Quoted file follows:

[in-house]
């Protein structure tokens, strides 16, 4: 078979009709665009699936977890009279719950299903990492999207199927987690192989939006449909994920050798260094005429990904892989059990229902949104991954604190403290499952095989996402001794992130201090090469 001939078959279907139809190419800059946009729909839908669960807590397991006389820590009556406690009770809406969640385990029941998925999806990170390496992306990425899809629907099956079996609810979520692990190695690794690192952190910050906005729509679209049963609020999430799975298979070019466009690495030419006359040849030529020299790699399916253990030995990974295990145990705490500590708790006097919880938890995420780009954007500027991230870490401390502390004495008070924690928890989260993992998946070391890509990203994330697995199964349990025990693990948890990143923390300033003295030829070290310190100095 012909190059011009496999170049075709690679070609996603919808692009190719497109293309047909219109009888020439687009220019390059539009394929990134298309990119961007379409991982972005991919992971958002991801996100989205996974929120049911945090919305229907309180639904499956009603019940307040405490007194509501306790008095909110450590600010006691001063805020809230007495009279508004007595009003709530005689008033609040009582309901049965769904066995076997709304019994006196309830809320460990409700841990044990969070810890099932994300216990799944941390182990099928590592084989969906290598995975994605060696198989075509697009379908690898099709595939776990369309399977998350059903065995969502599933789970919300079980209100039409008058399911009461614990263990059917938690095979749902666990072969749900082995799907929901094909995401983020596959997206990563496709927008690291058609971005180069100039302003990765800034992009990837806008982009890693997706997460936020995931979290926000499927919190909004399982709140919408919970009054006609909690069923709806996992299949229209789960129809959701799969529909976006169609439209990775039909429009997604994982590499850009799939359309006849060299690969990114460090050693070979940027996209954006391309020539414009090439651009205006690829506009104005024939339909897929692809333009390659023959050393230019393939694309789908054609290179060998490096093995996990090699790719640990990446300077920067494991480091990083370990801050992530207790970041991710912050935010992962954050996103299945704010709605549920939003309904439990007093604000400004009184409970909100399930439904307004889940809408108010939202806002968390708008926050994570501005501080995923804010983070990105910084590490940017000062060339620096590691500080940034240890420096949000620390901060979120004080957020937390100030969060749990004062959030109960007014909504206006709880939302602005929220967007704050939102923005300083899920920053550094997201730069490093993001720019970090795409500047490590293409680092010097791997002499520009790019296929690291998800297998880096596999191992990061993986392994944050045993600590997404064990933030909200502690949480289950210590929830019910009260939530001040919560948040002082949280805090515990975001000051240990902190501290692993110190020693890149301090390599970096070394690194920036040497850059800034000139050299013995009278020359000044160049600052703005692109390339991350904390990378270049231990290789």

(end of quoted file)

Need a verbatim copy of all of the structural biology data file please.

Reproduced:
[in-house]
């Protein structure tokens, strides 16, 4: 078979009709665009699936977890009279719950299903990492999207199927987690192989939006449909994920050798260094005429990904892989059990229902949104991954604190403290499952095989996402001794992130201090090469 001939078959279907139809190419800059946009729909839908669960807590397991006389820590009556406690009770809406969640385990029941998925999806990170390496992306990425899809629907099956079996609810979520692990190695690794690192952190910050906005729509679209049963609020999430799975298979070019466009690495030419006359040849030529020299790699399916253990030995990974295990145990705490500590708790006097919880938890995420780009954007500027991230870490401390502390004495008070924690928890989260993992998946070391890509990203994330697995199964349990025990693990948890990143923390300033003295030829070290310190100095 012909190059011009496999170049075709690679070609996603919808692009190719497109293309047909219109009888020439687009220019390059539009394929990134298309990119961007379409991982972005991919992971958002991801996100989205996974929120049911945090919305229907309180639904499956009603019940307040405490007194509501306790008095909110450590600010006691001063805020809230007495009279508004007595009003709530005689008033609040009582309901049965769904066995076997709304019994006196309830809320460990409700841990044990969070810890099932994300216990799944941390182990099928590592084989969906290598995975994605060696198989075509697009379908690898099709595939776990369309399977998350059903065995969502599933789970919300079980209100039409008058399911009461614990263990059917938690095979749902666990072969749900082995799907929901094909995401983020596959997206990563496709927008690291058609971005180069100039302003990765800034992009990837806008982009890693997706997460936020995931979290926000499927919190909004399982709140919408919970009054006609909690069923709806996992299949229209789960129809959701799969529909976006169609439209990775039909429009997604994982590499850009799939359309006849060299690969990114460090050693070979940027996209954006391309020539414009090439651009205006690829506009104005024939339909897929692809333009390659023959050393230019393939694309789908054609290179060998490096093995996990090699790719640990990446300077920067494991480091990083370990801050992530207790970041991710912050935010992962954050996103299945704010709605549920939003309904439990007093604000400004009184409970909100399930439904307004889940809408108010939202806002968390708008926050994570501005501080995923804010983070990105910084590490940017000062060339620096590691500080940034240890420096949000620390901060979120004080957020937390100030969060749990004062959030109960007014909504206006709880939302602005929220967007704050939102923005300083899920920053550094997201730069490093993001720019970090795409500047490590293409680092010097791997002499520009790019296929690291998800297998880096596999191992990061993986392994944050045993600590997404064990933030909200502690949480289950210590929830019910009260939530001040919560948040002082949280805090515990975001000051240990902190501290692993110190020693890149301090390599970096070394690194920036040497850059800034000139050299013995009278020359000044160049600052703005692109390339991350904390990378270049231990290789």